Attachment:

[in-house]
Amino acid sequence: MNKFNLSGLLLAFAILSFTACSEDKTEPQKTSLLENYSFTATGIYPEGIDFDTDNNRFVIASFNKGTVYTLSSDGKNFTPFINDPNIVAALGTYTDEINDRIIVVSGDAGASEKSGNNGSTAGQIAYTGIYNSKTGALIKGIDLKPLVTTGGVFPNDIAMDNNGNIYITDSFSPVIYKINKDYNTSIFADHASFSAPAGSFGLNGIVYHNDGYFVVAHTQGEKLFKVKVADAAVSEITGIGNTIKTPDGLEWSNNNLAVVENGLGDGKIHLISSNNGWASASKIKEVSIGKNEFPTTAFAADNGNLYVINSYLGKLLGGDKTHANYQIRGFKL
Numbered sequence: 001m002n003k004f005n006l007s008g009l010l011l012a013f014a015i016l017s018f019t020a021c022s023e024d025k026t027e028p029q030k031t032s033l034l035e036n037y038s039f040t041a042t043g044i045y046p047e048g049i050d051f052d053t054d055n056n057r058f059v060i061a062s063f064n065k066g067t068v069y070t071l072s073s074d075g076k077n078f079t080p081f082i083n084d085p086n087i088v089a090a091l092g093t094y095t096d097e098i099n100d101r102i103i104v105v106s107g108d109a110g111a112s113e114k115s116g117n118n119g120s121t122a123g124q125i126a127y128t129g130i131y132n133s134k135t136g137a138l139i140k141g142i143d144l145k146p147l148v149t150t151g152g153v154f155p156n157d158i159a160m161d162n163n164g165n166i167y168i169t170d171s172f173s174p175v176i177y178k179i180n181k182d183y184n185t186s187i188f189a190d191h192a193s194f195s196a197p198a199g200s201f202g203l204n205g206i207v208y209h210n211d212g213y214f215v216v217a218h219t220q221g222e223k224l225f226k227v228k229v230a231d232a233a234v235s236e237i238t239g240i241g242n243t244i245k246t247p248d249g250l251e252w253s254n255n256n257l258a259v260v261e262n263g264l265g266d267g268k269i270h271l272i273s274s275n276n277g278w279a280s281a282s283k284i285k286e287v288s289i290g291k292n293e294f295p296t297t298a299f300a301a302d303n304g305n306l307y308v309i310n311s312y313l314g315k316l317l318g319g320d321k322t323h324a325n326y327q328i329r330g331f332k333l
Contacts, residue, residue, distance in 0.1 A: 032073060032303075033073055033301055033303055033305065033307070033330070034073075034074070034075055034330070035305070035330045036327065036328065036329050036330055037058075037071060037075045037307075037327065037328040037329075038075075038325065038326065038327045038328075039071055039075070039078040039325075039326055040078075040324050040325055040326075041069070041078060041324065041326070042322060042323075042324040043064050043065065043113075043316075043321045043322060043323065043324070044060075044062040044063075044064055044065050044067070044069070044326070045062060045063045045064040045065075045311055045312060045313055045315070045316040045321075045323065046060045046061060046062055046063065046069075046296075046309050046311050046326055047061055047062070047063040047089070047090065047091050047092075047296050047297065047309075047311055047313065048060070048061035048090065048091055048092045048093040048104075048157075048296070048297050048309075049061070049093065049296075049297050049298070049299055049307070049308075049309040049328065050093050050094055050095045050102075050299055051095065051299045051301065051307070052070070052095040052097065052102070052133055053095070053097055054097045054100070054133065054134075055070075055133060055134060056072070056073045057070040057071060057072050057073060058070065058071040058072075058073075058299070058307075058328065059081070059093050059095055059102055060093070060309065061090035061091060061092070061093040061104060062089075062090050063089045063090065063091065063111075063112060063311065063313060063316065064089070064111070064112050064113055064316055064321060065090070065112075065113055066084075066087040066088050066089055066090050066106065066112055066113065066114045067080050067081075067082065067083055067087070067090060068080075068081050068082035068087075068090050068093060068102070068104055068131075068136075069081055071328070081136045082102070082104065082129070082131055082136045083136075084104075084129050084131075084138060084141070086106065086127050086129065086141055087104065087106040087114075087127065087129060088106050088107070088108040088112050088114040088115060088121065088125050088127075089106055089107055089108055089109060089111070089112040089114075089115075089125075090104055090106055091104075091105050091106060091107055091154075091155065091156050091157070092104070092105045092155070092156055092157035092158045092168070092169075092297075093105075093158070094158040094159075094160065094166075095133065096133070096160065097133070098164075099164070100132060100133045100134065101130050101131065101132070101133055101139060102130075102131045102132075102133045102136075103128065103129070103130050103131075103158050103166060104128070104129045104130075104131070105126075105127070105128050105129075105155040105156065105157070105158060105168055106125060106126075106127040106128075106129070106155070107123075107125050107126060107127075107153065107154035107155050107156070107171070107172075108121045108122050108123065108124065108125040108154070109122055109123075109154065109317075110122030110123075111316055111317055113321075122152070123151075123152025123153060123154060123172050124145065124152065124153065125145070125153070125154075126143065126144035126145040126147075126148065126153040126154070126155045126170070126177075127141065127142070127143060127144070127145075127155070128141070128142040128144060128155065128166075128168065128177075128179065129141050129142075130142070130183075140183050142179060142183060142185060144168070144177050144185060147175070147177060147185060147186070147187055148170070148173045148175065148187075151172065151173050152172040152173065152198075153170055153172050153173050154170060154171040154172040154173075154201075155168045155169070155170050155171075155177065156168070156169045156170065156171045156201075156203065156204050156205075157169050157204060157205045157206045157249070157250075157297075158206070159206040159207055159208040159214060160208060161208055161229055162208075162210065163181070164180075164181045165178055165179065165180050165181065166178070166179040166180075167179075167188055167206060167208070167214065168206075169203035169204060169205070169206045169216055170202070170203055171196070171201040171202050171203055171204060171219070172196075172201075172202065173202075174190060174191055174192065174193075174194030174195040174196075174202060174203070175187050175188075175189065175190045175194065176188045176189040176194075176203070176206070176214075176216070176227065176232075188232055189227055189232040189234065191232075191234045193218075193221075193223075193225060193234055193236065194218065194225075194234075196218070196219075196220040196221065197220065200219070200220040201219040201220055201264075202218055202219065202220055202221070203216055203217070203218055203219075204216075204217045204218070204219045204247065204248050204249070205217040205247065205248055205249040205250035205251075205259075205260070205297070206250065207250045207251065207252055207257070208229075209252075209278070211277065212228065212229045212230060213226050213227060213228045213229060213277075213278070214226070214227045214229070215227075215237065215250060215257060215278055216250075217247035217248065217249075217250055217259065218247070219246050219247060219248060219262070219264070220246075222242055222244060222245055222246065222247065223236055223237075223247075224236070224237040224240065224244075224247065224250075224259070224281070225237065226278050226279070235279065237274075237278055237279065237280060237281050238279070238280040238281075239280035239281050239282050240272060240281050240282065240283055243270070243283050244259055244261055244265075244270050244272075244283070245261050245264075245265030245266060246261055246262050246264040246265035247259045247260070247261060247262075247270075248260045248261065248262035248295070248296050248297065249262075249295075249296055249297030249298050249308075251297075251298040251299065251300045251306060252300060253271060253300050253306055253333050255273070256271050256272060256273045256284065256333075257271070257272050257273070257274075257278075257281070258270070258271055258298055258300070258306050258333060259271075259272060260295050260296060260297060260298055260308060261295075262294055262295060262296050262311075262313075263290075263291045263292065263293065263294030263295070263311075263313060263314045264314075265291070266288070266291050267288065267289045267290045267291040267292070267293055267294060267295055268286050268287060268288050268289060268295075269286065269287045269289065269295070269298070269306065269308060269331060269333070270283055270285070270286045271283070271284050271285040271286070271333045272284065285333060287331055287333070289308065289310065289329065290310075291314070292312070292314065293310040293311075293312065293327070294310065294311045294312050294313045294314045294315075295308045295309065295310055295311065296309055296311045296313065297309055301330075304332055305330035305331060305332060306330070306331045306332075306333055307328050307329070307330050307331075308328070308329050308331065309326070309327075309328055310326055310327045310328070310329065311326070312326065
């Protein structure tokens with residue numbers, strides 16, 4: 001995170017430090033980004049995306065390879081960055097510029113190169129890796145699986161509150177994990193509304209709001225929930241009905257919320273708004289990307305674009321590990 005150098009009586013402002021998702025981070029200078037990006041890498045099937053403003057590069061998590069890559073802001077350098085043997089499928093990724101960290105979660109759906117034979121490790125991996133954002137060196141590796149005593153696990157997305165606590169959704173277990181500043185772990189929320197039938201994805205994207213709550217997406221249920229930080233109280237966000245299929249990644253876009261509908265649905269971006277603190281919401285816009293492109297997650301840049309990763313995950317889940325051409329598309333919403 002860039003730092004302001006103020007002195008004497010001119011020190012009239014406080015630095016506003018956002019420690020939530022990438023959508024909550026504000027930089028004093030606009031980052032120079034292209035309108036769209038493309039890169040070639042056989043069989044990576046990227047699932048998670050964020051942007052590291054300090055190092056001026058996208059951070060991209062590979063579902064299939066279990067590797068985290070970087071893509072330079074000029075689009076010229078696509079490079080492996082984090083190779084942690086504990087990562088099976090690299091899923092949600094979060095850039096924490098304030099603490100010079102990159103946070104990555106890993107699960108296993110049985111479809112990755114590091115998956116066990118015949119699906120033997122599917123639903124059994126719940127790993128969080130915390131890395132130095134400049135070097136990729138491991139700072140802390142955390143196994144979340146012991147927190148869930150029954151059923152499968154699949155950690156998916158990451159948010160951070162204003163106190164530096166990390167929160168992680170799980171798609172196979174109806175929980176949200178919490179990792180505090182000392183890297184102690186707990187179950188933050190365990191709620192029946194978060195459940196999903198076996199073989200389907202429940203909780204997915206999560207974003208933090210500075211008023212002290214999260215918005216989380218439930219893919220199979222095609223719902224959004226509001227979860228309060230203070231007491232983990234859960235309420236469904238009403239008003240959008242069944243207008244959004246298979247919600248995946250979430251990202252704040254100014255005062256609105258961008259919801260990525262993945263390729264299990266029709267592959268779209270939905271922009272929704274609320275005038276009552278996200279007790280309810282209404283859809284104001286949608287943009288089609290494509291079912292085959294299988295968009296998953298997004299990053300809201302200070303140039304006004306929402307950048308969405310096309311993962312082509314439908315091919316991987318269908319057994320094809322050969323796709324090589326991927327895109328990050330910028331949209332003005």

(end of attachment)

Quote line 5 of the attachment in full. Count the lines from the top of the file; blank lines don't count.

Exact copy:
């Protein structure tokens with residue numbers, strides 16, 4: 001995170017430090033980004049995306065390879081960055097510029113190169129890796145699986161509150177994990193509304209709001225929930241009905257919320273708004289990307305674009321590990 005150098009009586013402002021998702025981070029200078037990006041890498045099937053403003057590069061998590069890559073802001077350098085043997089499928093990724101960290105979660109759906117034979121490790125991996133954002137060196141590796149005593153696990157997305165606590169959704173277990181500043185772990189929320197039938201994805205994207213709550217997406221249920229930080233109280237966000245299929249990644253876009261509908265649905269971006277603190281919401285816009293492109297997650301840049309990763313995950317889940325051409329598309333919403 002860039003730092004302001006103020007002195008004497010001119011020190012009239014406080015630095016506003018956002019420690020939530022990438023959508024909550026504000027930089028004093030606009031980052032120079034292209035309108036769209038493309039890169040070639042056989043069989044990576046990227047699932048998670050964020051942007052590291054300090055190092056001026058996208059951070060991209062590979063579902064299939066279990067590797068985290070970087071893509072330079074000029075689009076010229078696509079490079080492996082984090083190779084942690086504990087990562088099976090690299091899923092949600094979060095850039096924490098304030099603490100010079102990159103946070104990555106890993107699960108296993110049985111479809112990755114590091115998956116066990118015949119699906120033997122599917123639903124059994126719940127790993128969080130915390131890395132130095134400049135070097136990729138491991139700072140802390142955390143196994144979340146012991147927190148869930150029954151059923152499968154699949155950690156998916158990451159948010160951070162204003163106190164530096166990390167929160168992680170799980171798609172196979174109806175929980176949200178919490179990792180505090182000392183890297184102690186707990187179950188933050190365990191709620192029946194978060195459940196999903198076996199073989200389907202429940203909780204997915206999560207974003208933090210500075211008023212002290214999260215918005216989380218439930219893919220199979222095609223719902224959004226509001227979860228309060230203070231007491232983990234859960235309420236469904238009403239008003240959008242069944243207008244959004246298979247919600248995946250979430251990202252704040254100014255005062256609105258961008259919801260990525262993945263390729264299990266029709267592959268779209270939905271922009272929704274609320275005038276009552278996200279007790280309810282209404283859809284104001286949608287943009288089609290494509291079912292085959294299988295968009296998953298997004299990053300809201302200070303140039304006004306929402307950048308969405310096309311993962312082509314439908315091919316991987318269908319057994320094809322050969323796709324090589326991927327895109328990050330910028331949209332003005």